DUBAI (Reuters) - Some Western nations opposed to President Bashar al-Assad have discussed security cooperation with his government, Syria said on Wednesday, a move which if true would suggest a rise in Western concerns about foreign militants in rebel ranks.
The top U.S. and French diplomats both said they were personally unaware of such contacts but did not go so far as to deny that any had taken place.
Syria's Deputy Foreign Minister Faisal Mekdad said several Western intelligence services had visited Damascus for discussions. His comments were broadcast a day after the Wall Street Journal reported that French and Spanish spy services had made contact with Assad's government. French media have carried similar reports.
"I will not specify (which countries) but many of them have visited Damascus, yes," Mekdad said in a BBC interview.
Any suggestion that Western countries were talking to Assad's government could complicate their relationships with opposition groups supported by the United States and Europe, and with wealthy Gulf states that fund the rebels.
Asked about the report, U.S. Secretary of State John Kerry indicated he was not aware of such contacts.
"I don't know anything about that. Certainly not under my auspices" had there been any contact of that kind, he told reporters in Kuwait, where he is on a visit.
In Paris, French Foreign Minister Laurent Fabius declined to comment, although when pressed he said he had the "same position" as Kerry. The defense Ministry declined to comment.
The French newspaper Le Figaro reported in December that the DGSE external intelligence service had gone to Damascus to discuss cooperation on terrorists. Damascus had replied that it would do so if France re-opened its embassy, it reported.
Britain's foreign office said it would not comment on intelligence matters. There was no immediate reaction from officials in Germany or Spain.
Western powers have long supported Syria's opposition with rhetoric but the past year has seen a shift in emphasis, with countries backing away from material aid to the rebels as al Qaeda-linked groups have gained power in rebel-held regions.
In September, the United States abandoned plans for missile strikes against Syria to punish it for using chemical weapons, putting an end to more than two years of speculation that the West could intervene against Assad as it did against Libya's Muammar Gaddafi in 2011.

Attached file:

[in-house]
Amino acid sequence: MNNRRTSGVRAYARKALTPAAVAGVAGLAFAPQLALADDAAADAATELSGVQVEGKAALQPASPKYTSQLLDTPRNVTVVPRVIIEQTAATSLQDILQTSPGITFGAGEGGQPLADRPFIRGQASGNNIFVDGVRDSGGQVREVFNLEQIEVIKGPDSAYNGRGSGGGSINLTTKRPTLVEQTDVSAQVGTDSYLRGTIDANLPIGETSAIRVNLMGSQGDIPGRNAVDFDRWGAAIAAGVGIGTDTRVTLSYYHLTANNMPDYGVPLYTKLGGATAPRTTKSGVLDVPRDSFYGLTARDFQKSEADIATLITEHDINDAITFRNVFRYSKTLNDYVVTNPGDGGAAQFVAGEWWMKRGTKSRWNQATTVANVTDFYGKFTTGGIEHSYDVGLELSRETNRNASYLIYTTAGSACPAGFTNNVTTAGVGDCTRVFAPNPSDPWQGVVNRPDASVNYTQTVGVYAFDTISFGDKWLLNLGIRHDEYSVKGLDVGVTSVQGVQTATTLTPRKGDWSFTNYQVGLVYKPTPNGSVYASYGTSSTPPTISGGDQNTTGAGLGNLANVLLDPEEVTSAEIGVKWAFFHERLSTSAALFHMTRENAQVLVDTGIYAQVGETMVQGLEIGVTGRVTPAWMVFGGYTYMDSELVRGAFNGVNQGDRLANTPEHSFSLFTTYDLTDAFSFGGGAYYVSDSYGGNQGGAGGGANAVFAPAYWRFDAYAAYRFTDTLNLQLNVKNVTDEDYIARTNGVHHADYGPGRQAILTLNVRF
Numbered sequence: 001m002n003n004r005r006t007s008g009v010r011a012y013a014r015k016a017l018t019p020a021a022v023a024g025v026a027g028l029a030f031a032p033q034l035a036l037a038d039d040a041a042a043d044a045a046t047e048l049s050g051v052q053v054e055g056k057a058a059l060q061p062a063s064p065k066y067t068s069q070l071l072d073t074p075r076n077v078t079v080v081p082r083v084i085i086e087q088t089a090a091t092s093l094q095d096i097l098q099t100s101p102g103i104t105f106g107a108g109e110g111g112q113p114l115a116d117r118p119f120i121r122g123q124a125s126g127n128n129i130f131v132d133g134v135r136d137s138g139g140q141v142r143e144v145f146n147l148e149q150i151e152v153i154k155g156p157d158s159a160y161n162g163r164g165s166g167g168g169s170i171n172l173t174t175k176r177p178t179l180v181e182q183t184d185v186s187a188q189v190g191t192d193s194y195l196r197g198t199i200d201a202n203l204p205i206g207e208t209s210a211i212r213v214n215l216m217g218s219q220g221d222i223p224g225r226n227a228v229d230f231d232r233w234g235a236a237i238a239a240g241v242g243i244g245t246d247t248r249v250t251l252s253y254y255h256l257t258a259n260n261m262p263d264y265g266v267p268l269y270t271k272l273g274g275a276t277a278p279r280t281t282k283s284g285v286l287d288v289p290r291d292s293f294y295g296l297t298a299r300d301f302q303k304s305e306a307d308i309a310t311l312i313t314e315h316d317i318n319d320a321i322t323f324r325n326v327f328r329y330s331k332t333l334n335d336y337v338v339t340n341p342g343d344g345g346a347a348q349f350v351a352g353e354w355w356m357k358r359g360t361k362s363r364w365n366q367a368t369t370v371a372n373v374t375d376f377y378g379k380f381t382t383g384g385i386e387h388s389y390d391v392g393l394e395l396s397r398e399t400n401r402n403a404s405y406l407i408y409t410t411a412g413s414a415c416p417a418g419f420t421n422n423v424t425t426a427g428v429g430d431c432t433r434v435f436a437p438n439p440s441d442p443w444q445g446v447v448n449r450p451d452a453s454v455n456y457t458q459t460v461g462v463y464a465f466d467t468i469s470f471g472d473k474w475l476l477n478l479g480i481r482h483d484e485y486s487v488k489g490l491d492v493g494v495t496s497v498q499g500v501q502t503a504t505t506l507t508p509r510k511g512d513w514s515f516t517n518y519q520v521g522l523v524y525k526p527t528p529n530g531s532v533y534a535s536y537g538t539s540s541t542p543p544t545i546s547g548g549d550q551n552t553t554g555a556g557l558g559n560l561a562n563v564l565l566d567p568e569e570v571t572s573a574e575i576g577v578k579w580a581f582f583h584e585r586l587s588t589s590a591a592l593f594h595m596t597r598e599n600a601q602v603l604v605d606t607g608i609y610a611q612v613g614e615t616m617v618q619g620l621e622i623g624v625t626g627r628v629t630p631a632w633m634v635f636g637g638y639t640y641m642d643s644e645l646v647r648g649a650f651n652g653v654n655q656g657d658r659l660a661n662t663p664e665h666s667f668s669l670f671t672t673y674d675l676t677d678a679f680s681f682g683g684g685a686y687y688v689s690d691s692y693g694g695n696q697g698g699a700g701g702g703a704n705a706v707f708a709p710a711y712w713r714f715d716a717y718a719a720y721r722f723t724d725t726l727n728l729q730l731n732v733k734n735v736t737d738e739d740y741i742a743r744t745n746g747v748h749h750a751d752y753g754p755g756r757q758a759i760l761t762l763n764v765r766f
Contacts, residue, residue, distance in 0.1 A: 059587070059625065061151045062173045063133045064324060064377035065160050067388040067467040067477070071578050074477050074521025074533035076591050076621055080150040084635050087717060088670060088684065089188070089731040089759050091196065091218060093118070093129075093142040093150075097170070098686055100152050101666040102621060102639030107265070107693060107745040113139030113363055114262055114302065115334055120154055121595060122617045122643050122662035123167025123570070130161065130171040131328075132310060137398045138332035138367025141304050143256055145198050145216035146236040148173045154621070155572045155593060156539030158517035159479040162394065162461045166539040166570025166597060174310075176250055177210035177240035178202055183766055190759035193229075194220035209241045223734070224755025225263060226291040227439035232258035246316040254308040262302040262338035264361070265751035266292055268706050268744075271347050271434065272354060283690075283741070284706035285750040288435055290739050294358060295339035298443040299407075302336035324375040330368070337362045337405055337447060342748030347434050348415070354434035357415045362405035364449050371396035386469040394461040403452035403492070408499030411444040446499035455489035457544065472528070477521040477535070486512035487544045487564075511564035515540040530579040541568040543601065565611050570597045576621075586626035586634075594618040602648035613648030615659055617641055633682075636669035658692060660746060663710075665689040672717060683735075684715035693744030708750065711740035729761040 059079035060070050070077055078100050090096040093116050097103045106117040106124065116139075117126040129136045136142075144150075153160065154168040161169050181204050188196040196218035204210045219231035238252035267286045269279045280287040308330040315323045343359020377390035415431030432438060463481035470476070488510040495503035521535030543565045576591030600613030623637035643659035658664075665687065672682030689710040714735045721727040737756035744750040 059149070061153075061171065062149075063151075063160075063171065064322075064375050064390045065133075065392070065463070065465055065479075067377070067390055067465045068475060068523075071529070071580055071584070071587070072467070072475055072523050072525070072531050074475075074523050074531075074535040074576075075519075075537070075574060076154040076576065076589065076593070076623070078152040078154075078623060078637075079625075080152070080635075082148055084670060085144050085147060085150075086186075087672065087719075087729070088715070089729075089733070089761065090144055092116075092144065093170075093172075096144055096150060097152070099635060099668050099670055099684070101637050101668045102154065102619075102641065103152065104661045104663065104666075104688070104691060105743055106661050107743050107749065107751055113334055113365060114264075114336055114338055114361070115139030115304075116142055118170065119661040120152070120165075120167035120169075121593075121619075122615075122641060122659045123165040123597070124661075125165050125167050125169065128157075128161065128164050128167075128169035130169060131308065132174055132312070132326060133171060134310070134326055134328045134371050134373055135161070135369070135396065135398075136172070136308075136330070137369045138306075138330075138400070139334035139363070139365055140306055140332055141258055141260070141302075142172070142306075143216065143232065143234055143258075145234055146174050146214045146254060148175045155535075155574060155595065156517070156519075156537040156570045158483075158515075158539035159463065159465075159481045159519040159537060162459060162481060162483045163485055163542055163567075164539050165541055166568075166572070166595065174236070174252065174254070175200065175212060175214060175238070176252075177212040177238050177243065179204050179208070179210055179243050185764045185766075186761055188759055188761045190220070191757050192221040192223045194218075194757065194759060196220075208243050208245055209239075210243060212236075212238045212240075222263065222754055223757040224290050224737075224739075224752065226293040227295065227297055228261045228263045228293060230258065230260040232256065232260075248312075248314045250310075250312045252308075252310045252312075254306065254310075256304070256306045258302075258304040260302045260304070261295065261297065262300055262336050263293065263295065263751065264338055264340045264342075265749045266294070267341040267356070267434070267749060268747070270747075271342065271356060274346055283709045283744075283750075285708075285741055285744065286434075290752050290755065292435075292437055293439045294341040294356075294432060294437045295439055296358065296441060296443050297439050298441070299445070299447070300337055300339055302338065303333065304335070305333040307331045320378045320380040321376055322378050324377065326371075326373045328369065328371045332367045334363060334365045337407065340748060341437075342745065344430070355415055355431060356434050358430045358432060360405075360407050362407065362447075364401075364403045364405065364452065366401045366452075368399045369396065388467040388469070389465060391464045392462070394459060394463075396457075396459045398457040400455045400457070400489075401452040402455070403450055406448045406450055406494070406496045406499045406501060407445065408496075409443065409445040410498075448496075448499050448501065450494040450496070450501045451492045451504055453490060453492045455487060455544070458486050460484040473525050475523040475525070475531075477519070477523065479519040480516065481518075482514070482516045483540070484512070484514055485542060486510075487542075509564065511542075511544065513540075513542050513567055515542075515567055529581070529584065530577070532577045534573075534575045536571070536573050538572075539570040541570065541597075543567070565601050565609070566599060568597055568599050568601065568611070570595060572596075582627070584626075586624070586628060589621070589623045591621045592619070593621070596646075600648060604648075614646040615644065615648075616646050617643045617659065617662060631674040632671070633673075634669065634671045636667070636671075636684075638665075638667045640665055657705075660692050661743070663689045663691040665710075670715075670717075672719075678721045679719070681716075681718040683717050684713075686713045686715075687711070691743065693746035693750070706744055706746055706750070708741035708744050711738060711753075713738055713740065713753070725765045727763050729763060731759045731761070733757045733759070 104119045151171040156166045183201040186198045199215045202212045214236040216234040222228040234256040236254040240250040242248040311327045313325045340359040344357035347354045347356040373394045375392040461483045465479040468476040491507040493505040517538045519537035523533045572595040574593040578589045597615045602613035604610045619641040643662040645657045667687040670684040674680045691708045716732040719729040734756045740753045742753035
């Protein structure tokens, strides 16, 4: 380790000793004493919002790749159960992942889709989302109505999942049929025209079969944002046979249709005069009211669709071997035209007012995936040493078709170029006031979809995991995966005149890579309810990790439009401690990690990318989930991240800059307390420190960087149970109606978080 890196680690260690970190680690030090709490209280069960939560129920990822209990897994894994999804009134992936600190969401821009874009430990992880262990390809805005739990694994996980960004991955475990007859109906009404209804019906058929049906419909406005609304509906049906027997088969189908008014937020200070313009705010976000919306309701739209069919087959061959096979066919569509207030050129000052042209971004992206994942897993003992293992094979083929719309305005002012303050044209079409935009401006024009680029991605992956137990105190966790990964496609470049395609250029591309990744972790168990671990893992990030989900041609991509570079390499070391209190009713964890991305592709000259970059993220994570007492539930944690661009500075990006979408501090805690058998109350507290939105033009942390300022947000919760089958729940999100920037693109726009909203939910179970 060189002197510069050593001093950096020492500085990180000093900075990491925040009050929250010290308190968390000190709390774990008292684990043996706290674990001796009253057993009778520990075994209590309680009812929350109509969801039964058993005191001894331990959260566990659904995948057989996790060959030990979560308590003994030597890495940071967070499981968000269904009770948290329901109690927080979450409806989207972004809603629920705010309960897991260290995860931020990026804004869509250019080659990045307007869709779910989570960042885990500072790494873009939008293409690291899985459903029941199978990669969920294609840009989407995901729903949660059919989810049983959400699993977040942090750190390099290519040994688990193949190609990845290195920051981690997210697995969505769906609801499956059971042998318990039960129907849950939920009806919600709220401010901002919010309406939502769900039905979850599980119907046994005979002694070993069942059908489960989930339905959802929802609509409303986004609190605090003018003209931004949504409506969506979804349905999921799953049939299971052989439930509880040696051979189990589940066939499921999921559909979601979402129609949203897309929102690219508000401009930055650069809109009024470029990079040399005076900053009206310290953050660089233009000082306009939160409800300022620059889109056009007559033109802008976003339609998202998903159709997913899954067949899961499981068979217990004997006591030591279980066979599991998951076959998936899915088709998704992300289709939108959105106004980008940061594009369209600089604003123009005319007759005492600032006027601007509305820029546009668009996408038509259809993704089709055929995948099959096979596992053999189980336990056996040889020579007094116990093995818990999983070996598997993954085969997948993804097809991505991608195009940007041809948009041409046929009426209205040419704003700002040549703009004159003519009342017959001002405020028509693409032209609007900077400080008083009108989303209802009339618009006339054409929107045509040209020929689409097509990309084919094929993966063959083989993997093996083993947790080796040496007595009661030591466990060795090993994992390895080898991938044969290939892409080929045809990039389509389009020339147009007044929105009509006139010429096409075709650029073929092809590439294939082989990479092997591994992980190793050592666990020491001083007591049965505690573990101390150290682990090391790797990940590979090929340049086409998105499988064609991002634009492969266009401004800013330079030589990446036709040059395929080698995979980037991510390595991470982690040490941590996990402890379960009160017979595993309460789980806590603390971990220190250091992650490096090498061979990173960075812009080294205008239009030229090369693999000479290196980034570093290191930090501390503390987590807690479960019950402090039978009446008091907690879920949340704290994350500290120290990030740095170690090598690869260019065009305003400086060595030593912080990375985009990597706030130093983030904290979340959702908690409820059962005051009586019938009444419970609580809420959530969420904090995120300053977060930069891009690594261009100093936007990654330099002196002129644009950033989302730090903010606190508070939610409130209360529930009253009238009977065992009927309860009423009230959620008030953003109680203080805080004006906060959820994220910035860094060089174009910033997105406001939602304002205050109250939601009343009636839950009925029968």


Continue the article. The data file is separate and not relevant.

In a deal brokered by Russia, Assad agreed instead to give up his chemical arms, a move that requires some degree of cooperation with Western countries to implement.
Western countries are worried about the presence in rebel ranks of foreign Islamist militants who have travelled to Syria to join a near three-year-old struggle to topple Assad.
"Frankly speaking the spirit has changed," Mekdad said. "Many of these countries have contacted us to coordinate security measures."
"When these countries ask us for security cooperation, then it seems to me there is a schism between the political and security leaderships," he added.
Assad has always maintained that the uprising against him is run by terrorists and that Western support for the rebels damages Western countries' own interests.
State news agency SANA reported on Wednesday that he had "warned that the danger of Wahhabi thinking has become a threat to the entire world and not just the region's countries," referring to the strict form of Sunni Islami embraced in Saudi Arabia and by many Sunni militant groups. Assad was speaking to the foreign minister of Iran, his main ally.
The uprising against four decades of Assad family rule erupted in Syria in March 2011. It descended into an armed insurgency after the army cracked down on protests.
On Tuesday the Wall Street Journal, citing diplomats and officials with knowledge of the situation, reported that French and Spanish intelligence agencies had been speaking to government officials in Damascus since November, traveling to Syria from Beirut.
British and French officials say hundreds of their citizens have fought in Syria with the rebels.
Of particular concern is the Islamic State in Iraq and the Levant (ISIL), an al Qaeda affiliate led by foreigners hardened by guerrilla warfare in Iraq, Chechnya and Libya.
A Free Syrian Army report prepared for the U.S. State Department and quoted by the Washington Post said the ISIL has a backbone of 5,500 foreign fighters, including 250 Chechens in Aleppo, and 17,000 recruited locally.
Recent weeks have seen other rebel groups, including Islamists, turn against the ISIL in fighting in which hundreds of people have been killed.
(Reporting by William Maclean and Rania El Gamal in Dubai, Warren Strobel in Kuwait, John Irish in Paris and Oliver Holmes in Beirut; Editing by Peter Graff)